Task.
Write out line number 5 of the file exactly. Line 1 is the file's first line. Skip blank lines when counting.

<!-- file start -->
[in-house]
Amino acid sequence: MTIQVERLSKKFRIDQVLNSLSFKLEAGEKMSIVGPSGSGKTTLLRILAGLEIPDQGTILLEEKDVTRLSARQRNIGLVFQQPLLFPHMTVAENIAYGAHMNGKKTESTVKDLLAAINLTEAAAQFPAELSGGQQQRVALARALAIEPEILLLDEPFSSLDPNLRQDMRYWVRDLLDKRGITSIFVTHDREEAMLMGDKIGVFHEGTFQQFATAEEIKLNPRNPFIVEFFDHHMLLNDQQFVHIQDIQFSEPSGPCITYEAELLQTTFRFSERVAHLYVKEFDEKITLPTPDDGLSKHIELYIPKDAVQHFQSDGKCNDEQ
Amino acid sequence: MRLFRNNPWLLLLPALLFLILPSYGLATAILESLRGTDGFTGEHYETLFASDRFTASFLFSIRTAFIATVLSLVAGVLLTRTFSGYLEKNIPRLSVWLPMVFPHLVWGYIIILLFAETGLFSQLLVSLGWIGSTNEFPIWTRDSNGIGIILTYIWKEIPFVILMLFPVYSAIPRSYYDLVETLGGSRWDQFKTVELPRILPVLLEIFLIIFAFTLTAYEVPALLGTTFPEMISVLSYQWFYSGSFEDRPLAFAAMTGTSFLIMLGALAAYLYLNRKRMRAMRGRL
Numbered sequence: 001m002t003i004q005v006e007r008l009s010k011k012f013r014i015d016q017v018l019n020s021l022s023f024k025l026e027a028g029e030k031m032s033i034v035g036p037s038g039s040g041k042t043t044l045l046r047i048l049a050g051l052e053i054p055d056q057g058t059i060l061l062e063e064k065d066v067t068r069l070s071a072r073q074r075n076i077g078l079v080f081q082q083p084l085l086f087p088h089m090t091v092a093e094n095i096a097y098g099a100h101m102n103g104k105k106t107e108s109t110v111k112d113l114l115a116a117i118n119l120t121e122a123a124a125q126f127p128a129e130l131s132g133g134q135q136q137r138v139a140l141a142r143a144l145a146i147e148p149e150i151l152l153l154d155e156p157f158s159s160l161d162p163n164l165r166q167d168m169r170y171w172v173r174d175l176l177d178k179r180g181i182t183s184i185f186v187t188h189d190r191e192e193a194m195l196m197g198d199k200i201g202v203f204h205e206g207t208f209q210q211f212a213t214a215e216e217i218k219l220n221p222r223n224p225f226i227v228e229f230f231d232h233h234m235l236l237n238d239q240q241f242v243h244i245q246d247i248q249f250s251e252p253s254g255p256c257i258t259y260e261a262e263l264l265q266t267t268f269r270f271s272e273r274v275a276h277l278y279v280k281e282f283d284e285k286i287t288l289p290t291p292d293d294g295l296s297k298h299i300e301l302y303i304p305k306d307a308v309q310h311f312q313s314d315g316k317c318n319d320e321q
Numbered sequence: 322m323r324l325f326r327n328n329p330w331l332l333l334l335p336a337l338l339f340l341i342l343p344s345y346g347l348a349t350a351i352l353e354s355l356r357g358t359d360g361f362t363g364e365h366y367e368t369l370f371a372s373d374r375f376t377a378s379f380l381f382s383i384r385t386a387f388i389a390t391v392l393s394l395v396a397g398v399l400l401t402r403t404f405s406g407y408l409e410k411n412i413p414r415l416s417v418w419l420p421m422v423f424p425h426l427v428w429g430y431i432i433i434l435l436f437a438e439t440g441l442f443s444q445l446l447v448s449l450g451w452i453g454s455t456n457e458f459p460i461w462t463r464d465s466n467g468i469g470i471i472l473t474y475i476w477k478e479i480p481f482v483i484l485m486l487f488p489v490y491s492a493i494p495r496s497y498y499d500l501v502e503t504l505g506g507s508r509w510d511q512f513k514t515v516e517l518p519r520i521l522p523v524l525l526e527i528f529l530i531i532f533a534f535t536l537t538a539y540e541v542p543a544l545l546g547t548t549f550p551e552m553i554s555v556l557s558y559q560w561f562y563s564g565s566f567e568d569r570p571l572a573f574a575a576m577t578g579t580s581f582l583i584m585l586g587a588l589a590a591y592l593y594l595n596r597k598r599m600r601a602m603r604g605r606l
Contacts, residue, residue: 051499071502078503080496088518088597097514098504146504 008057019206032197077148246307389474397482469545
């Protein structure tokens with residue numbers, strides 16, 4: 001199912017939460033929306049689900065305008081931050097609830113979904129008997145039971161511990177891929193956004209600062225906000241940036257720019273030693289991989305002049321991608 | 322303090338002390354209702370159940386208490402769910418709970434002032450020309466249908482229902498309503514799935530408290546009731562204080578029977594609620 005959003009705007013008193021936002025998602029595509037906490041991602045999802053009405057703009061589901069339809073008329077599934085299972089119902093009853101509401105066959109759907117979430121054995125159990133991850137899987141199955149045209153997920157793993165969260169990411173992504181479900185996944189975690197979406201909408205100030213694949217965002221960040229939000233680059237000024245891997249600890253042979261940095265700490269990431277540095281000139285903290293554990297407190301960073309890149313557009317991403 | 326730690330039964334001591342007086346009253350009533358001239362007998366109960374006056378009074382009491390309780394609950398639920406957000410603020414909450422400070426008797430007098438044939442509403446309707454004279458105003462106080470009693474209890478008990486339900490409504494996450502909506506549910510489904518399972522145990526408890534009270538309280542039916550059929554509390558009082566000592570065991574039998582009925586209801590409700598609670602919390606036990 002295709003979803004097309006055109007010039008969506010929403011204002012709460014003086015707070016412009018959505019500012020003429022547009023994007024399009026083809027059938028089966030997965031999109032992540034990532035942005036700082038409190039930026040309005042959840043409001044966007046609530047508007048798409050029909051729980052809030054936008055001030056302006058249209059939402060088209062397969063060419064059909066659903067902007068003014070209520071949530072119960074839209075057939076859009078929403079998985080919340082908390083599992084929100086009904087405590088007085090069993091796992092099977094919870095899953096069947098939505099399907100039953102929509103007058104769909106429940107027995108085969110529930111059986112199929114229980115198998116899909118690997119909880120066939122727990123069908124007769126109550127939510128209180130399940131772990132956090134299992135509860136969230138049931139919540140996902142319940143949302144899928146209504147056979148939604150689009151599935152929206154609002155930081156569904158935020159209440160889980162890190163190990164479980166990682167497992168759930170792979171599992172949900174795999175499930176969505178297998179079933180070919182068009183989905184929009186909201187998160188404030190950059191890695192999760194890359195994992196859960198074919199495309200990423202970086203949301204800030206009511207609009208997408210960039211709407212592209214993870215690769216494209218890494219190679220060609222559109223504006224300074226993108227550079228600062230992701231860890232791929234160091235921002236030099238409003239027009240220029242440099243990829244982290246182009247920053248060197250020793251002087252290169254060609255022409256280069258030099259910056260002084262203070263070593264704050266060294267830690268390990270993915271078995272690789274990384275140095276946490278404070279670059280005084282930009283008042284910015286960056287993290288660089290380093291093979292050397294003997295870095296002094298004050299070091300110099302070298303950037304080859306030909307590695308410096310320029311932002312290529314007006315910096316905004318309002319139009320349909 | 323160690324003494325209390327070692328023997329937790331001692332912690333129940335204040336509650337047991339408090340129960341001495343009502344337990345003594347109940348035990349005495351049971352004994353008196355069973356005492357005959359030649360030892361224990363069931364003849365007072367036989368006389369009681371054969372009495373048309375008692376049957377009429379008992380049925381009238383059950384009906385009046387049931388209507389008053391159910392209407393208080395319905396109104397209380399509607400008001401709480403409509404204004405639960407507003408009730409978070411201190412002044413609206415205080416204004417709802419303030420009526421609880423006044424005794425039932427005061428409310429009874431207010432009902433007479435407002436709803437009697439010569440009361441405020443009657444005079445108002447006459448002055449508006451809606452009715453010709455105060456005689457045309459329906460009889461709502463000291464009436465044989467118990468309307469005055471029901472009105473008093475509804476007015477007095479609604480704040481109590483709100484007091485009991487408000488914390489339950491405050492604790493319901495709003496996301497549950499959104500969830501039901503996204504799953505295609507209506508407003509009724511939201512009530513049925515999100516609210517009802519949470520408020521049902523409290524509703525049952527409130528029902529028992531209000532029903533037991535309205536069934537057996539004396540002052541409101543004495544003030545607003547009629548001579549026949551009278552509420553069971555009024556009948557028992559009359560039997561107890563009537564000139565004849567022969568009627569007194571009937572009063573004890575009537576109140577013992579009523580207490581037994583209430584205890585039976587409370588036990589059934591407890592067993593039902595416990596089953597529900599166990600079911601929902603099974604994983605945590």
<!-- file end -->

Numbered sequence: 322m323r324l325f326r327n328n329p330w331l332l333l334l335p336a337l338l339f340l341i342l343p344s345y346g347l348a349t350a351i352l353e354s355l356r357g358t359d360g361f362t363g364e365h366y367e368t369l370f371a372s373d374r375f376t377a378s379f380l381f382s383i384r385t386a387f388i389a390t391v392l393s394l395v396a397g398v399l400l401t402r403t404f405s406g407y408l409e410k411n412i413p414r415l416s417v418w419l420p421m422v423f424p425h426l427v428w429g430y431i432i433i434l435l436f437a438e439t440g441l442f443s444q445l446l447v448s449l450g451w452i453g454s455t456n457e458f459p460i461w462t463r464d465s466n467g468i469g470i471i472l473t474y475i476w477k478e479i480p481f482v483i484l485m486l487f488p489v490y491s492a493i494p495r496s497y498y499d500l501v502e503t504l505g506g507s508r509w510d511q512f513k514t515v516e517l518p519r520i521l522p523v524l525l526e527i528f529l530i531i532f533a534f535t536l537t538a539y540e541v542p543a544l545l546g547t548t549f550p551e552m553i554s555v556l557s558y559q560w561f562y563s564g565s566f567e568d569r570p571l572a573f574a575a576m577t578g579t580s581f582l583i584m585l586g587a588l589a590a591y592l593y594l595n596r597k598r599m600r601a602m603r604g605r606l